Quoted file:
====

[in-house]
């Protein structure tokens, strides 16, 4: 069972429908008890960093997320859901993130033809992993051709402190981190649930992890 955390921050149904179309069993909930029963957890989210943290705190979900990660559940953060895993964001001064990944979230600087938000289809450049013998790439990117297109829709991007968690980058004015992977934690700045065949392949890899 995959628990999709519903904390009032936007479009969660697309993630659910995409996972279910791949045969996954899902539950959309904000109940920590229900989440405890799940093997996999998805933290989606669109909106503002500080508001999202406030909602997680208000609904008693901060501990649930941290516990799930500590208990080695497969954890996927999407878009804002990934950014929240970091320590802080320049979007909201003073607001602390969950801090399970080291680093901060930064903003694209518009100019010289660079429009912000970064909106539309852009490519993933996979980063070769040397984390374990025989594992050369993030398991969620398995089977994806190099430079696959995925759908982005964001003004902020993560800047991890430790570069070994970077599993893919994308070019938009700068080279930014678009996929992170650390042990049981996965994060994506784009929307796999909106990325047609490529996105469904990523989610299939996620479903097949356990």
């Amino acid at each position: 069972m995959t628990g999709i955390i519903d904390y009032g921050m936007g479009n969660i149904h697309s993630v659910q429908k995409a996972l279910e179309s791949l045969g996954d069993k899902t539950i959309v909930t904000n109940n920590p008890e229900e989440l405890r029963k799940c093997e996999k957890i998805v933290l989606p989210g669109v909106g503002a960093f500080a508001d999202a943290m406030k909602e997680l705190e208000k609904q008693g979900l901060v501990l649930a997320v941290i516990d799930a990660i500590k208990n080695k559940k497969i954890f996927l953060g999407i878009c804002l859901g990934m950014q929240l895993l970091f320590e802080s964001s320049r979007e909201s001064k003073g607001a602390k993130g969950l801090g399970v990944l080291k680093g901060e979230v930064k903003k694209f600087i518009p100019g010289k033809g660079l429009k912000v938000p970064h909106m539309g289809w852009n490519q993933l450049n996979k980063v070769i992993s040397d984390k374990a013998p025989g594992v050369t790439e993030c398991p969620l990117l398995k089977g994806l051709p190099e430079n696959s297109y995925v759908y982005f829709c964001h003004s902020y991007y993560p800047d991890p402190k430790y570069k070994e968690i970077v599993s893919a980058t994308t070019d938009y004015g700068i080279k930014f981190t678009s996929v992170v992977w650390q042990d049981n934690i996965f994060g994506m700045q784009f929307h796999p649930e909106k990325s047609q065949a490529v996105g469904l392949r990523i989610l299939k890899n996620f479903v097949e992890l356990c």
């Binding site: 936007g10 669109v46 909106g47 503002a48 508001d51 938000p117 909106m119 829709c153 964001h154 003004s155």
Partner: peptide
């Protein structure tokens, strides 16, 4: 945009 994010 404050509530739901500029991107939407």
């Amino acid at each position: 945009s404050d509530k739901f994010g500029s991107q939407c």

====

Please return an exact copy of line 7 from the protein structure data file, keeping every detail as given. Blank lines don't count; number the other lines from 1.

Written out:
């Amino acid at each position: 945009s404050d509530k739901f994010g500029s991107q939407c």